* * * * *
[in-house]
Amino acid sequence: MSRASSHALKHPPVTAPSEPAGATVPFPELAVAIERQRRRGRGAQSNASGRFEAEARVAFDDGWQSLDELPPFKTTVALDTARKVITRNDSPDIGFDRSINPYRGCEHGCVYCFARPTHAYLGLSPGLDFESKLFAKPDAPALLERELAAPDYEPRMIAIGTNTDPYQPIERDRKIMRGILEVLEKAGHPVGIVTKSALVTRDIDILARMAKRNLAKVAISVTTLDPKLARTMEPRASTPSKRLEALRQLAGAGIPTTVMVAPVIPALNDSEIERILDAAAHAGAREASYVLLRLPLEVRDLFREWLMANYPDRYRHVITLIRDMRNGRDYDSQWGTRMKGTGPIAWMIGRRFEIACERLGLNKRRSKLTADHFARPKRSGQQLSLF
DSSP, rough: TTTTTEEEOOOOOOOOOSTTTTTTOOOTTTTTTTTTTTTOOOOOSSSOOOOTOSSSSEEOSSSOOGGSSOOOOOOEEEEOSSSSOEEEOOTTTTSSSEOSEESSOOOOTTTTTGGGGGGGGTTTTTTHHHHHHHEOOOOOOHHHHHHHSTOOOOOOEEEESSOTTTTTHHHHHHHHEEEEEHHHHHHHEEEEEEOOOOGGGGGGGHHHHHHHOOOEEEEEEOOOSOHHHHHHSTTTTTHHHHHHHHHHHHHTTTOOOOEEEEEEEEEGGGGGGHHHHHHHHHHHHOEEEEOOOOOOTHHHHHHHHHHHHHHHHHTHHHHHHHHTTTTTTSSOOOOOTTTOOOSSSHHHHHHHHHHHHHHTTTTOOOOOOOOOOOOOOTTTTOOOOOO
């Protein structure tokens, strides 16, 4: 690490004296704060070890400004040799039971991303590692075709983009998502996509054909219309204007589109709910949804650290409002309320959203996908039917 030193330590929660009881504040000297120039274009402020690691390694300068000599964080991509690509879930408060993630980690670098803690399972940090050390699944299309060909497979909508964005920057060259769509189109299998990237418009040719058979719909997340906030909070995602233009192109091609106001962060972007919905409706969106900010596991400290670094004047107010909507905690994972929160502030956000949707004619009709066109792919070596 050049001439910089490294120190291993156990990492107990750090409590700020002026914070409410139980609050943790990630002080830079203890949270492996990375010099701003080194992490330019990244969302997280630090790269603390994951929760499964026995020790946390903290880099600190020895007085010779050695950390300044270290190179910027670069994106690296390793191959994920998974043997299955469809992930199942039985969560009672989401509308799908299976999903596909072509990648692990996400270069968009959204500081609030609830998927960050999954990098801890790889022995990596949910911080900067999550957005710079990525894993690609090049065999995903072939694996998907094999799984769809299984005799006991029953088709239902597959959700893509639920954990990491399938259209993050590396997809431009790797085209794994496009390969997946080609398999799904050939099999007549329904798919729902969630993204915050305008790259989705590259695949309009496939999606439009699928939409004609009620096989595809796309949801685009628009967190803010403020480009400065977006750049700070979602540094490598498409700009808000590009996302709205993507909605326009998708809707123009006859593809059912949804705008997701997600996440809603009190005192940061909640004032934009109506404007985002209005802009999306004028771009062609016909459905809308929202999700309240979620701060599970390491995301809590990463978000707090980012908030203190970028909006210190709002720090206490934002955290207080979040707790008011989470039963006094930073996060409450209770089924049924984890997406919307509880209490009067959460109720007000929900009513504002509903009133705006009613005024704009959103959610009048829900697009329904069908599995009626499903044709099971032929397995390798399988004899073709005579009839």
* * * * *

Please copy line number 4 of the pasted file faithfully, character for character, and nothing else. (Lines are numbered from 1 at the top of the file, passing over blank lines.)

């Protein structure tokens, strides 16, 4: 690490004296704060070890400004040799039971991303590692075709983009998502996509054909219309204007589109709910949804650290409002309320959203996908039917 030193330590929660009881504040000297120039274009402020690691390694300068000599964080991509690509879930408060993630980690670098803690399972940090050390699944299309060909497979909508964005920057060259769509189109299998990237418009040719058979719909997340906030909070995602233009192109091609106001962060972007919905409706969106900010596991400290670094004047107010909507905690994972929160502030956000949707004619009709066109792919070596 050049001439910089490294120190291993156990990492107990750090409590700020002026914070409410139980609050943790990630002080830079203890949270492996990375010099701003080194992490330019990244969302997280630090790269603390994951929760499964026995020790946390903290880099600190020895007085010779050695950390300044270290190179910027670069994106690296390793191959994920998974043997299955469809992930199942039985969560009672989401509308799908299976999903596909072509990648692990996400270069968009959204500081609030609830998927960050999954990098801890790889022995990596949910911080900067999550957005710079990525894993690609090049065999995903072939694996998907094999799984769809299984005799006991029953088709239902597959959700893509639920954990990491399938259209993050590396997809431009790797085209794994496009390969997946080609398999799904050939099999007549329904798919729902969630993204915050305008790259989705590259695949309009496939999606439009699928939409004609009620096989595809796309949801685009628009967190803010403020480009400065977006750049700070979602540094490598498409700009808000590009996302709205993507909605326009998708809707123009006859593809059912949804705008997701997600996440809603009190005192940061909640004032934009109506404007985002209005802009999306004028771009062609016909459905809308929202999700309240979620701060599970390491995301809590990463978000707090980012908030203190970028909006210190709002720090206490934002955290207080979040707790008011989470039963006094930073996060409450209770089924049924984890997406919307509880209490009067959460109720007000929900009513504002509903009133705006009613005024704009959103959610009048829900697009329904069908599995009626499903044709099971032929397995390798399988004899073709005579009839």